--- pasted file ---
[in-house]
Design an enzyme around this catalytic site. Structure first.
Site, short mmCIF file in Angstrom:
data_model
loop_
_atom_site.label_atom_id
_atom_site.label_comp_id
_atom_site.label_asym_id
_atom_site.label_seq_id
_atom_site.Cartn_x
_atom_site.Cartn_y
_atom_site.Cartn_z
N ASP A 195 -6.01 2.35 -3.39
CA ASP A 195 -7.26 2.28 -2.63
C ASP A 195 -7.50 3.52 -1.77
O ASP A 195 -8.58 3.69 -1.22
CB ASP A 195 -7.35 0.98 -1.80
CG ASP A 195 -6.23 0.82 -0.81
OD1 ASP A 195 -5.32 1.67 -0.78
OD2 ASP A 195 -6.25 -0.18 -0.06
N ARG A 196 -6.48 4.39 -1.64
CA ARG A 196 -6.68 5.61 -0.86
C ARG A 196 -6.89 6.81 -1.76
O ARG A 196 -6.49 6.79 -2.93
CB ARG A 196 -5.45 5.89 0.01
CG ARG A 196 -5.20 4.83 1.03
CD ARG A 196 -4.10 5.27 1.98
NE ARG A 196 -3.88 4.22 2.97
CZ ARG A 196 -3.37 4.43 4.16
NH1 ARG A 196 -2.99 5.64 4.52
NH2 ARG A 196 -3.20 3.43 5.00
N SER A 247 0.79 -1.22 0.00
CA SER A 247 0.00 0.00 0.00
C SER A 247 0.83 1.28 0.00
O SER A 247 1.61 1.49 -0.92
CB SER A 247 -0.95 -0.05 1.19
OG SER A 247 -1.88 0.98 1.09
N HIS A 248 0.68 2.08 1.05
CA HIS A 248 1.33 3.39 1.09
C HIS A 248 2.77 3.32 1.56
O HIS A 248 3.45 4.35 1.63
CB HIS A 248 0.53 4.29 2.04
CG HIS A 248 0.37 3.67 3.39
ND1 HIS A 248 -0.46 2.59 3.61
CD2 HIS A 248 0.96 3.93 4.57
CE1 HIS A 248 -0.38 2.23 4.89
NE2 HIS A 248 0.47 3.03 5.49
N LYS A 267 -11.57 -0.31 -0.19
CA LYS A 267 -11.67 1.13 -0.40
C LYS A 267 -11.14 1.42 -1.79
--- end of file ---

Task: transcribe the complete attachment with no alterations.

[in-house]
Design an enzyme around this catalytic site. Structure first.
Site, short mmCIF file in Angstrom:
data_model
loop_
_atom_site.label_atom_id
_atom_site.label_comp_id
_atom_site.label_asym_id
_atom_site.label_seq_id
_atom_site.Cartn_x
_atom_site.Cartn_y
_atom_site.Cartn_z
N ASP A 195 -6.01 2.35 -3.39
CA ASP A 195 -7.26 2.28 -2.63
C ASP A 195 -7.50 3.52 -1.77
O ASP A 195 -8.58 3.69 -1.22
CB ASP A 195 -7.35 0.98 -1.80
CG ASP A 195 -6.23 0.82 -0.81
OD1 ASP A 195 -5.32 1.67 -0.78
OD2 ASP A 195 -6.25 -0.18 -0.06
N ARG A 196 -6.48 4.39 -1.64
CA ARG A 196 -6.68 5.61 -0.86
C ARG A 196 -6.89 6.81 -1.76
O ARG A 196 -6.49 6.79 -2.93
CB ARG A 196 -5.45 5.89 0.01
CG ARG A 196 -5.20 4.83 1.03
CD ARG A 196 -4.10 5.27 1.98
NE ARG A 196 -3.88 4.22 2.97
CZ ARG A 196 -3.37 4.43 4.16
NH1 ARG A 196 -2.99 5.64 4.52
NH2 ARG A 196 -3.20 3.43 5.00
N SER A 247 0.79 -1.22 0.00
CA SER A 247 0.00 0.00 0.00
C SER A 247 0.83 1.28 0.00
O SER A 247 1.61 1.49 -0.92
CB SER A 247 -0.95 -0.05 1.19
OG SER A 247 -1.88 0.98 1.09
N HIS A 248 0.68 2.08 1.05
CA HIS A 248 1.33 3.39 1.09
C HIS A 248 2.77 3.32 1.56
O HIS A 248 3.45 4.35 1.63
CB HIS A 248 0.53 4.29 2.04
CG HIS A 248 0.37 3.67 3.39
ND1 HIS A 248 -0.46 2.59 3.61
CD2 HIS A 248 0.96 3.93 4.57
CE1 HIS A 248 -0.38 2.23 4.89
NE2 HIS A 248 0.47 3.03 5.49
N LYS A 267 -11.57 -0.31 -0.19
CA LYS A 267 -11.67 1.13 -0.40
C LYS A 267 -11.14 1.42 -1.79